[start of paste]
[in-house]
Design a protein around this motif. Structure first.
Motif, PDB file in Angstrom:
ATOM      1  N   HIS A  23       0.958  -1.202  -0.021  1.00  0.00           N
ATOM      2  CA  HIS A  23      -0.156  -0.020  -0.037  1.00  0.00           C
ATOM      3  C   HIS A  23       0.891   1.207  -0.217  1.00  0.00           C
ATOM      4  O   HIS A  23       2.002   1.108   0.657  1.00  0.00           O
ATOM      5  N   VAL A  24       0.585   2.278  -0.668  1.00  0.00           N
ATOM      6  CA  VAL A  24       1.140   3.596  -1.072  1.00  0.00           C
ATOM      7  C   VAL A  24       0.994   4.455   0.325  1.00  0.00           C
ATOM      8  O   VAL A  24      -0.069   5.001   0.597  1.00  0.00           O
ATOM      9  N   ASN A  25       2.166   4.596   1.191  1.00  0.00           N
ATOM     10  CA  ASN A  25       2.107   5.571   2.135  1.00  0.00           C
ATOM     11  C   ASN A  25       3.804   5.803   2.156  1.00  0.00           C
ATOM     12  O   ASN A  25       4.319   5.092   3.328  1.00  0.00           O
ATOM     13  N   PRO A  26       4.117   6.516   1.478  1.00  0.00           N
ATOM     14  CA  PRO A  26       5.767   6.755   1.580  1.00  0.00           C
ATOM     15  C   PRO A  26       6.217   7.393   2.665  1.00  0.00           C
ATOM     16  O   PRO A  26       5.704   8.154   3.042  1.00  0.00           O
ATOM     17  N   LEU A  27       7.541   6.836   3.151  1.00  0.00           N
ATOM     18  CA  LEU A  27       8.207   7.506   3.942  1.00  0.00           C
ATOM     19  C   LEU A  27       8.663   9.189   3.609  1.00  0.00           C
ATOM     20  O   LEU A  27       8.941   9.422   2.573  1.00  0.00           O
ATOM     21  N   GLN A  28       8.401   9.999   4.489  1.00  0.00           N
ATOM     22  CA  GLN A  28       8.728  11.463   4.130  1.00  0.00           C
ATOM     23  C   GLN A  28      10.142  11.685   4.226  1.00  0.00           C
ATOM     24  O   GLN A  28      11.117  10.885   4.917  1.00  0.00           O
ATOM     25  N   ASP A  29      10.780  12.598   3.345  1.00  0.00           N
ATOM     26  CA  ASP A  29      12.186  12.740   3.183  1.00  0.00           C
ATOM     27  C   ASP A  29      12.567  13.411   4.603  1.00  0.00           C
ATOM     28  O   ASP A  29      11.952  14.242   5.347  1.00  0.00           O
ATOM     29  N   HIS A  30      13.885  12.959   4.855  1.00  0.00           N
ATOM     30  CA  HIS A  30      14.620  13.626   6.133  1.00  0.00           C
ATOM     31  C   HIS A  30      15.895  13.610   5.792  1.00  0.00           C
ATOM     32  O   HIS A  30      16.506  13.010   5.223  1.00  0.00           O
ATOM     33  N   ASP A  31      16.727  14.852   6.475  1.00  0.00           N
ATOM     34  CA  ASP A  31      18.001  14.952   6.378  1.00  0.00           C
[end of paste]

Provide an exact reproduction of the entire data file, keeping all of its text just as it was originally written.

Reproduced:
[in-house]
Design a protein around this motif. Structure first.
Motif, PDB file in Angstrom:
ATOM      1  N   HIS A  23       0.958  -1.202  -0.021  1.00  0.00           N
ATOM      2  CA  HIS A  23      -0.156  -0.020  -0.037  1.00  0.00           C
ATOM      3  C   HIS A  23       0.891   1.207  -0.217  1.00  0.00           C
ATOM      4  O   HIS A  23       2.002   1.108   0.657  1.00  0.00           O
ATOM      5  N   VAL A  24       0.585   2.278  -0.668  1.00  0.00           N
ATOM      6  CA  VAL A  24       1.140   3.596  -1.072  1.00  0.00           C
ATOM      7  C   VAL A  24       0.994   4.455   0.325  1.00  0.00           C
ATOM      8  O   VAL A  24      -0.069   5.001   0.597  1.00  0.00           O
ATOM      9  N   ASN A  25       2.166   4.596   1.191  1.00  0.00           N
ATOM     10  CA  ASN A  25       2.107   5.571   2.135  1.00  0.00           C
ATOM     11  C   ASN A  25       3.804   5.803   2.156  1.00  0.00           C
ATOM     12  O   ASN A  25       4.319   5.092   3.328  1.00  0.00           O
ATOM     13  N   PRO A  26       4.117   6.516   1.478  1.00  0.00           N
ATOM     14  CA  PRO A  26       5.767   6.755   1.580  1.00  0.00           C
ATOM     15  C   PRO A  26       6.217   7.393   2.665  1.00  0.00           C
ATOM     16  O   PRO A  26       5.704   8.154   3.042  1.00  0.00           O
ATOM     17  N   LEU A  27       7.541   6.836   3.151  1.00  0.00           N
ATOM     18  CA  LEU A  27       8.207   7.506   3.942  1.00  0.00           C
ATOM     19  C   LEU A  27       8.663   9.189   3.609  1.00  0.00           C
ATOM     20  O   LEU A  27       8.941   9.422   2.573  1.00  0.00           O
ATOM     21  N   GLN A  28       8.401   9.999   4.489  1.00  0.00           N
ATOM     22  CA  GLN A  28       8.728  11.463   4.130  1.00  0.00           C
ATOM     23  C   GLN A  28      10.142  11.685   4.226  1.00  0.00           C
ATOM     24  O   GLN A  28      11.117  10.885   4.917  1.00  0.00           O
ATOM     25  N   ASP A  29      10.780  12.598   3.345  1.00  0.00           N
ATOM     26  CA  ASP A  29      12.186  12.740   3.183  1.00  0.00           C
ATOM     27  C   ASP A  29      12.567  13.411   4.603  1.00  0.00           C
ATOM     28  O   ASP A  29      11.952  14.242   5.347  1.00  0.00           O
ATOM     29  N   HIS A  30      13.885  12.959   4.855  1.00  0.00           N
ATOM     30  CA  HIS A  30      14.620  13.626   6.133  1.00  0.00           C
ATOM     31  C   HIS A  30      15.895  13.610   5.792  1.00  0.00           C
ATOM     32  O   HIS A  30      16.506  13.010   5.223  1.00  0.00           O
ATOM     33  N   ASP A  31      16.727  14.852   6.475  1.00  0.00           N
ATOM     34  CA  ASP A  31      18.001  14.952   6.378  1.00  0.00           C